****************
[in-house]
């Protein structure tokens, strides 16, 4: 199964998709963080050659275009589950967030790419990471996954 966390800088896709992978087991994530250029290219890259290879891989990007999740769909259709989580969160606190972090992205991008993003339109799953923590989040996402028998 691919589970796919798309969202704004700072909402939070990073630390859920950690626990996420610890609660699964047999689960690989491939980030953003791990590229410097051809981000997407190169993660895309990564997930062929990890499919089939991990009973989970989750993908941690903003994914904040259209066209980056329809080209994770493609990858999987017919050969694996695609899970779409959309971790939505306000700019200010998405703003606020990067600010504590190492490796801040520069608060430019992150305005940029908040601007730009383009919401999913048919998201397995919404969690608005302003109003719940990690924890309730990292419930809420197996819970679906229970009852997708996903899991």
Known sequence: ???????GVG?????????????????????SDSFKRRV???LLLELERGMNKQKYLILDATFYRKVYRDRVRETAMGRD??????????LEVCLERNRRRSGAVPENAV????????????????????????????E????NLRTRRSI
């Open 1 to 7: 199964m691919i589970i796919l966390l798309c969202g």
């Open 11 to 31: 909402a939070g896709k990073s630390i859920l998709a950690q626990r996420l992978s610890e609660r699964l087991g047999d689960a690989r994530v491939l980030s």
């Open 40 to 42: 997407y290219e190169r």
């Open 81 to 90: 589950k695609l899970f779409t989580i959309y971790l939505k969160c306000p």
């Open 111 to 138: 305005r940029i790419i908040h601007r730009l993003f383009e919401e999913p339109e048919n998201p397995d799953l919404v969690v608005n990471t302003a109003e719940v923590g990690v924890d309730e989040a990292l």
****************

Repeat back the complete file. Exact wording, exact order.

[in-house]
């Protein structure tokens, strides 16, 4: 199964998709963080050659275009589950967030790419990471996954 966390800088896709992978087991994530250029290219890259290879891989990007999740769909259709989580969160606190972090992205991008993003339109799953923590989040996402028998 691919589970796919798309969202704004700072909402939070990073630390859920950690626990996420610890609660699964047999689960690989491939980030953003791990590229410097051809981000997407190169993660895309990564997930062929990890499919089939991990009973989970989750993908941690903003994914904040259209066209980056329809080209994770493609990858999987017919050969694996695609899970779409959309971790939505306000700019200010998405703003606020990067600010504590190492490796801040520069608060430019992150305005940029908040601007730009383009919401999913048919998201397995919404969690608005302003109003719940990690924890309730990292419930809420197996819970679906229970009852997708996903899991």
Known sequence: ???????GVG?????????????????????SDSFKRRV???LLLELERGMNKQKYLILDATFYRKVYRDRVRETAMGRD??????????LEVCLERNRRRSGAVPENAV????????????????????????????E????NLRTRRSI
């Open 1 to 7: 199964m691919i589970i796919l966390l798309c969202g």
């Open 11 to 31: 909402a939070g896709k990073s630390i859920l998709a950690q626990r996420l992978s610890e609660r699964l087991g047999d689960a690989r994530v491939l980030s």
């Open 40 to 42: 997407y290219e190169r």
């Open 81 to 90: 589950k695609l899970f779409t989580i959309y971790l939505k969160c306000p």
């Open 111 to 138: 305005r940029i790419i908040h601007r730009l993003f383009e919401e999913p339109e048919n998201p397995d799953l919404v969690v608005n990471t302003a109003e719940v923590g990690v924890d309730e989040a990292l």